So you’ve just had a Google Ads account set up for you and have been tasked with creating the first campaign. It can be pretty daunting to not only run a PPC campaign, but also do it on Google’s platform.
Here are some basic tips that will get your foot in the door of utilising Google AdWords to grow your business:
1) Set Up Conversion Tracking –
This is probably one of the most important things we need to know before we spend money on any marketing effort. We need to see if our ads and keywords convert into actual customers or sales in order for this all to make sense in terms of ROI (return on investment).
2) Get Familiar With Bidding & Pricing –
Once you start your first campaign, you’ll notice that Google has 3 options for bidding; CPM (cost per thousand impressions), CPC (cost-per-click) and CPA (cost per acquisition). I wouldn’t recommend getting familiar with CPM right off the bat. Instead, learn the other two types of bids.
CPC is typically more expensive but also can convert better on some keywords/ad groups. When your ad gets clicked on, it costs money to show up on a search results page or website depending on what kind of ad it is.
CPA is typically cheaper because you’re only paying when someone takes an action on your site following their click through from AdWords. So if you set up a landing page saying “20% Off for New Customers” and someone clicks on the ad to get to that page, you’ll be charged if they make an online purchase.
3) Learning The Google AdWords Interface –
Take some time out of your day (it can be easy to spend hours here) and really go through everything; look at all the options, tabs, sub-tabs, etc. Get familiar with where everything is located because once you start running hundreds/thousands of keywords/ads/ad groups it can take a while just doing this alone.
4) Create Your First Campaign And Focus On One Area At A Time –
Don’t try to create five campaigns all at one time or have fifteen ad groups in one campaign. Start simple so you can understand everything that’s going on. Once you have a better understanding of everything, then it might be time to move onto more complex structures.
5) Take Advantage Of Negative Keywords –
Keywords are an essential part of your ads and Google is pretty smart with all the different targeting options they give us. BUT my only recommendation is to utilise negative keywords because if someone is searching for “blue widgets” but your ad says “red widgets”, chances are they’re not going to click on it.
6) Start Smaller Than You Think You Should –
When I first started with AdWords I had no idea what was involved or how much work it would entail. So my online marketing agency recommended that we start off running $10/day until I got used to the whole thing.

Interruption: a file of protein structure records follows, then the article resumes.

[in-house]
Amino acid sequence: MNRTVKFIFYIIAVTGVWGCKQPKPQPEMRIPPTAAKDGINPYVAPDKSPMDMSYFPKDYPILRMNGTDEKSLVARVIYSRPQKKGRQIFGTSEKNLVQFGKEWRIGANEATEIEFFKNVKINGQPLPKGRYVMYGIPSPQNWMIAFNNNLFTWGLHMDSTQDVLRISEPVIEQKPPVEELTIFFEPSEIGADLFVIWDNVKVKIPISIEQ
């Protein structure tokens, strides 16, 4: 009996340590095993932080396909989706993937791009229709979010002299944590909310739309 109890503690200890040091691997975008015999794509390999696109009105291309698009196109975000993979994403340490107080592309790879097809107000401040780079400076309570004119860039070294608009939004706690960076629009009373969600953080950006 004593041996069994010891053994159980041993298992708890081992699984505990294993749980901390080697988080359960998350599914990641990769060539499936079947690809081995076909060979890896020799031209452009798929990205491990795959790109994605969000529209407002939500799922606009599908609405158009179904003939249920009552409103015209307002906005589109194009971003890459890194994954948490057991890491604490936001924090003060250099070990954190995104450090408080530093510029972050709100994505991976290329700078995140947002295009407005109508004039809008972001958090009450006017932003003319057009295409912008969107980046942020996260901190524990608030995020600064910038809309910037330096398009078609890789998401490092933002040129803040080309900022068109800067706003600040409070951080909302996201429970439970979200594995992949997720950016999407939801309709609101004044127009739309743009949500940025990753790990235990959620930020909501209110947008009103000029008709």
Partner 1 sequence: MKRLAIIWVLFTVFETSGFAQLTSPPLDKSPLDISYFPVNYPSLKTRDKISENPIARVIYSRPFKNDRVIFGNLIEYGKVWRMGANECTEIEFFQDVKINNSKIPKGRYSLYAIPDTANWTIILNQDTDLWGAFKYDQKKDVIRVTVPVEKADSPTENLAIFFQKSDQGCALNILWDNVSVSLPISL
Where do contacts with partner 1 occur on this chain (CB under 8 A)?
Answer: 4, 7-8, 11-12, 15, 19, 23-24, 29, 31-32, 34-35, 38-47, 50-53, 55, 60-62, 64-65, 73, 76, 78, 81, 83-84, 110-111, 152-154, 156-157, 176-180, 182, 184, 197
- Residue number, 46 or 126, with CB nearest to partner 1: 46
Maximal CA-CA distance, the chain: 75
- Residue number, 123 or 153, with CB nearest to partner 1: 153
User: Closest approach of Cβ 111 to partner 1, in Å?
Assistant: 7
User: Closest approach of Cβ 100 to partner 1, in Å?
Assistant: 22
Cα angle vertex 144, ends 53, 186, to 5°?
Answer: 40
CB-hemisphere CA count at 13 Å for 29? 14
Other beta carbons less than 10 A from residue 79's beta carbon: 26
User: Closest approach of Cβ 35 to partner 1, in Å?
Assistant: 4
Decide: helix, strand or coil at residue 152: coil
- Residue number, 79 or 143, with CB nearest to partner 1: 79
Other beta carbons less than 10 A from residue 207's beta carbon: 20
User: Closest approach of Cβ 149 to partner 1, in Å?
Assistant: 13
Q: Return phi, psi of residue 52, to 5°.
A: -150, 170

7) Track Everything –
Write down everything, every keyword, ad group/campaign, clicks, impressions, average position and cost per day. This way you can see if anything is working well or poorly early on so you don’t waste money running something that’s not converting at all.
8) Use Google Analytics –
Another very important tool for marketers nowadays is to use Google Analytics . I’m not going to explain how to set this up because there are tons of articles out there that do a great job explaining it. The basic idea though is that you can see where all your traffic is coming from whether it be PPC ads, organic search results or direct visits (and much more).
9) Go Into AdWords And “Play Around” –
This one is probably the most important. Don’t be afraid to make mistakes, change things around and do whatever you need to do in order to learn how everything works. It can take time but you’ll get there eventually if you keep at it! However, if you want to save yourself from all the hassle you can hire a Google Ads Ecommerce Agency to overlook and optimise all your ads.
Are Google Ads Good for E-Commerce?
Google is often touted as the best way to market on the web. For online shops, it’s possible that Google ads are more trouble than they’re worth.
Recently on Quora , I saw a question about whether Google Ads were effective for e-commerce stores. The answer was… not especially . One user said:
“I am an online retail store manager and we don’t use Adwords because our experience with them has always been horrible. We used them in the past when we only had one product category but then stopped using them completely.”
Another user chimed in with similar complaints:
“It’s simply not worth it compared to SEO/organic traffic. Their quality score system makes it so you can’t manually optimise, so you have to rely on the bidding system. It’s a numbers game and eventually you will get what you pay for.”
In general, Google ads are best for products that are easy to understand and well defined. The more specific your product is, the better. But when it comes to things like clothing or furniture, which can be easily compared in size and style (and thus lead to price comparisons), people tend not to click on Google ads.
However, e-commerce stores with multiple categories of products may find that Google ads do work for them after all . The reason? When users go from browsing one type of product directly into another category (e.g., nesting dress images within the pants category), Google Adwords will pick up the change and send the user directly to that new category page.
Google ads can work well for e-commerce stores selling multiple categories of products if you’re willing to put in the necessary time to maintain your ad campaigns. While it may not be as effective as using Google Adwords exclusively, maintaining a strong SEO presence is still worthwhile if it means that you’ll get better results than you would from just doing search engine optimization.